The solution competition sandwich ELISA experiment revealed increased antigenicity for spontaneously matured and redox-refolded particles (Figure 1A), and for particles further along in bioprocessing (Figure S1A). Different mAbs displayed different levels of sensitivity for the antigen and varying levels of end point antigenicity, with RF1 showing among the highest antigenicity (Figure S1B). RF1 is the only mouse IgG that has been demonstrated to have protective activity in non-human primates against viral challenge , , . This mAb binds the HBsAG epitope at an intramolecularly disulfide-bonded cyclic peptide important for viral entry , , .
(A) Solution competition ELISA measurement (or relative IC50s) for freshly prepared (n = 5), heat-treated (n = 5), and redox-refolded (n = 3) rHBsAg VLPs; (B) A1.2 epitope maturation over time in PBS and with a redox buffer-reduced (GSH) and/or oxidized (GSSG) forms of glutathione; (C) relative antigenicity by SPR with A1.2 and RF1 (n = 12); (D) Relative antigenicity of rHBsAg in aqueous solution as well as when adsorbed onto particulate adjuvant.
The SPR setup allowed quantitative monitoring of VLP maturation over time and supported results obtained by the ELISA platform that antigenicity is increased for HBsAg VLPs with higher disulfide content. Increased antigenicity was observed over the course of maturation and for redox-treated rHBsAg VLPS (Figure 1B). Marked increase in antigenicity was observed for heat- and redox-treated rHBsAg VLPs (Figure 1C). The latter were over 10-fold more antigenic than freshly purified VLPs and had comparable antigenicity to plasma-derived particles (Figure 1C). Together with our ELISA study, these results support the notion that disulfide bond formation and/or isomerization, which occurs during VLP maturation in bioprocessing, induces changes in epitope structure that are vital for optimal antigenicity , , , .
Almost all HBsAg based vaccines are administered with aluminum adjuvants, thus understanding the available epitopes on the adjuvanted VLPs is critical as it mimics to some degree the antigen presentation after intra muscular injection. Lot-to-lot comparison of inhibition curves obtained for antigen in solution with antigen bound to adjuvant showed similar IC50 values when monitored with RF1 (Figure 1D and Table S2). This indicates that antigenicity was not adversely affected by adsorption to adjuvant.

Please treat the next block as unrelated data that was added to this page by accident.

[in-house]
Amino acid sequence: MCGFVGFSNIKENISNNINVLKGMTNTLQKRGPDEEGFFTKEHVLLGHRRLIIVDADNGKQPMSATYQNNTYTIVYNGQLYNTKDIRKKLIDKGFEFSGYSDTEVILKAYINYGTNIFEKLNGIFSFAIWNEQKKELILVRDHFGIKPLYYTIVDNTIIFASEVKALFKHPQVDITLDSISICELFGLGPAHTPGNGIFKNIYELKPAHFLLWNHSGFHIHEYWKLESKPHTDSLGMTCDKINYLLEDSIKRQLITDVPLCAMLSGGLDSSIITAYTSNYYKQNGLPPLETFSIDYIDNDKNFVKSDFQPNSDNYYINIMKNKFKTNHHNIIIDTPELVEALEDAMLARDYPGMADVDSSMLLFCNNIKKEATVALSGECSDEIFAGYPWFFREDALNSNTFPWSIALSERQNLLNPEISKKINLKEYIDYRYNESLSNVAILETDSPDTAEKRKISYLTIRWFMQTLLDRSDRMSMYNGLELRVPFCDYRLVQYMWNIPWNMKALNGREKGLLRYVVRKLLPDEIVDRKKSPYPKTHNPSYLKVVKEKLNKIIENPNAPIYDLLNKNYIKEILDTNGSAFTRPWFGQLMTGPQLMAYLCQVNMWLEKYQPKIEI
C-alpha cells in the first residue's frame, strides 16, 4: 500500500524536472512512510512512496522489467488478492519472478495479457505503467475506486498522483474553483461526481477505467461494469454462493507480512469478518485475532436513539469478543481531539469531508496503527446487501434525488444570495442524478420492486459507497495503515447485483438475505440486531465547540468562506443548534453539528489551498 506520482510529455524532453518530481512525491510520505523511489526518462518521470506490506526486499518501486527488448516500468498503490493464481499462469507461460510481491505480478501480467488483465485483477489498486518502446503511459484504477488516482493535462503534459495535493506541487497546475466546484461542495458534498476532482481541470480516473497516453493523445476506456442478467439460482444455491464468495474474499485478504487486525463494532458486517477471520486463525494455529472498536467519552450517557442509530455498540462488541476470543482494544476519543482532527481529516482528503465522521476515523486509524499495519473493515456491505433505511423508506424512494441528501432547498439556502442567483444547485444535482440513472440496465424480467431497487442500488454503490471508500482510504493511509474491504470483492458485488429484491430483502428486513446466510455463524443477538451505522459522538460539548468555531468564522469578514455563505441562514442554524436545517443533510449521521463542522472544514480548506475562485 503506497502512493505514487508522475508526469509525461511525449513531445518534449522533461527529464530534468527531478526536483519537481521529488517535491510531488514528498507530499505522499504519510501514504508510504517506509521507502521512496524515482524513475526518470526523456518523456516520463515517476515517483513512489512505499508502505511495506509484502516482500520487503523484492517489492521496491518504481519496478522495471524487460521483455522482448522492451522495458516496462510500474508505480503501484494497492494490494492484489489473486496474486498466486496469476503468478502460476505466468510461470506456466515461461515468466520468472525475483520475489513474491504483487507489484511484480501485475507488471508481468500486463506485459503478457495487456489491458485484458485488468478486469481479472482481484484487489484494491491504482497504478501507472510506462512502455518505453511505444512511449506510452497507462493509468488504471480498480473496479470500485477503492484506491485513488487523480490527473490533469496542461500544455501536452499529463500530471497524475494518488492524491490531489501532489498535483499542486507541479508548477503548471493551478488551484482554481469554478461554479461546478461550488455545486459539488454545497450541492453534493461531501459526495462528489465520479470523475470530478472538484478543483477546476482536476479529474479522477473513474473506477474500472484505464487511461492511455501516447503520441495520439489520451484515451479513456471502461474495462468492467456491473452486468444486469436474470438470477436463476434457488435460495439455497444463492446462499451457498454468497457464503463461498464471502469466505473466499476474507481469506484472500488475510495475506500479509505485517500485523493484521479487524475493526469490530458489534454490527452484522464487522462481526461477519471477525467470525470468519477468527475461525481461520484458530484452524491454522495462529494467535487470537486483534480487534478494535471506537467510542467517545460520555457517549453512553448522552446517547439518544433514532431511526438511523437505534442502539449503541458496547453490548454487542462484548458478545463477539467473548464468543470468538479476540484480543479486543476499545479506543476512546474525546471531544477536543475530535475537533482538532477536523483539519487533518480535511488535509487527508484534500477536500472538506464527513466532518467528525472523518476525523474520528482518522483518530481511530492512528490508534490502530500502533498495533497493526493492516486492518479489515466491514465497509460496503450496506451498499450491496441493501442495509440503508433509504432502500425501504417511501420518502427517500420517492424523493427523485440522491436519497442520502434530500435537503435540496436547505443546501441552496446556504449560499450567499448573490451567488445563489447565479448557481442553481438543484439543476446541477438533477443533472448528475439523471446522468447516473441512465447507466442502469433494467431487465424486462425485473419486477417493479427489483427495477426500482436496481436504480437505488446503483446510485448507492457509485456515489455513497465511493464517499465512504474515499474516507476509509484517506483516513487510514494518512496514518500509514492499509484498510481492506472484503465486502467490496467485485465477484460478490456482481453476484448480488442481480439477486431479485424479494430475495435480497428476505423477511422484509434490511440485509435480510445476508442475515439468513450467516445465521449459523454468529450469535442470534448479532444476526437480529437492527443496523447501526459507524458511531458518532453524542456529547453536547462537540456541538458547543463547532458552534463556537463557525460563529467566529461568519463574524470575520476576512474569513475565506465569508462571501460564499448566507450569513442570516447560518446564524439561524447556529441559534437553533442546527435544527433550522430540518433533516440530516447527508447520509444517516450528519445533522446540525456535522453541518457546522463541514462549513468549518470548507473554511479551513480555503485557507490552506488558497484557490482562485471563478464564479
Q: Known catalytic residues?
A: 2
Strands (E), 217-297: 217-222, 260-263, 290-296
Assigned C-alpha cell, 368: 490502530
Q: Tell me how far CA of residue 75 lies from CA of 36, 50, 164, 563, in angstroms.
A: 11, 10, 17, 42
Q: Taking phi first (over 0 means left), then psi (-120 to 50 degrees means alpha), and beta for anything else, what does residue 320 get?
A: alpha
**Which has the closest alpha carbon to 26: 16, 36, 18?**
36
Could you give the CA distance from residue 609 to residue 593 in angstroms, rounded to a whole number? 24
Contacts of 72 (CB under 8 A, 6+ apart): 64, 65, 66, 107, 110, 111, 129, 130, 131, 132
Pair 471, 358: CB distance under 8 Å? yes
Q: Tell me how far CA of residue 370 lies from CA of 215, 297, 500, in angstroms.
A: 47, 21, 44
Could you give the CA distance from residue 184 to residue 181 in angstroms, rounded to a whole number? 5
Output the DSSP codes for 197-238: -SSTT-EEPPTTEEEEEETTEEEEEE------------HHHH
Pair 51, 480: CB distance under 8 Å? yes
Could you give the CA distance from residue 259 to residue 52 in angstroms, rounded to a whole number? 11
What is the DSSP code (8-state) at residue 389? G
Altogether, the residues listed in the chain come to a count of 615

SPR and competitive ELISA, with conformation-sensitive and/or disulfide-dependent mAbs allowed quantitative determination of epitope development during process manufacturing and in final vaccine products by monitoring relative antigenicity in solution, in real time, and with rapid turn-around. Utilization of multiple mAbs in conjunction with a quantitative assay that could be performed for the antigen in solution and bound to adjuvant assured more complete understanding of the VLP key epitope make up and correlation to vaccine immunogenicity. These two quantitative antigenicity analysis methods are complementary to the commonly used sandwich ELISA and mouse potency assays for vaccine batch release and stability testing , . Similar application of the epitope-specific antigenicity analysis using competitive ELISA (IC50) was recently reported for another recombinant based VLP, human papillomavirus (HPV) type 16, using a panel of mAbs to delineate the specific changes in mAb binding pattern with or without VLP disassembly/reassembly .
VLP Morphology by In-Solution AFM and CryoTEM
The conformational heterogeneity , ,  of HBsAg particles has long hampered a definitive structural understanding of the key antigenic features of this cysteine- and proline-rich VLP (Table S3). Here we analyzed the size, shape, and morphology of a conformationally homogenous, redox-treated form of yeast derived HBsAg vaccine particles  (rHBsAg) using cryoTEM and in-solution AFM. These particles were assembled from only the active S-protein component of the HBV vaccine. Visual inspection of AFM and cryoTEM images revealed mostly spherical rHbsAg VLPs with slightly amorphous boundaries (Figure 2A–B). Higher magnification AFM views of the particles showed slight protrusions from the VLP surface in a regular pattern (Figure 2C) that was in agreement with the pattern of protrusions observed in 2D class averages obtained from cryoTEM data (Figure 2D). Size analysis of spherical VLPs by in-solution AFM measurements revealed an average particle size of ∼22 nm in agreement with previous studies ,  (Figure S2B). Quantitative particle size distribution analysis of 266 particles in cryoTEM images revealed a maximum particle Feret diameter ranging 18.5–22.7 nm and a circularity measure of 0.89+/−0.03, indicating that the VLP morphology deviates from perfect circularity (Figure S2A).
(A) AFM field of view, (B) cryoTEM field view, (C) high-magnification AFM view, and (D) two-dimensional CryoTEM class averages of rHBsAg VLP particles. Note that image contrast is reversed in (B) and (D).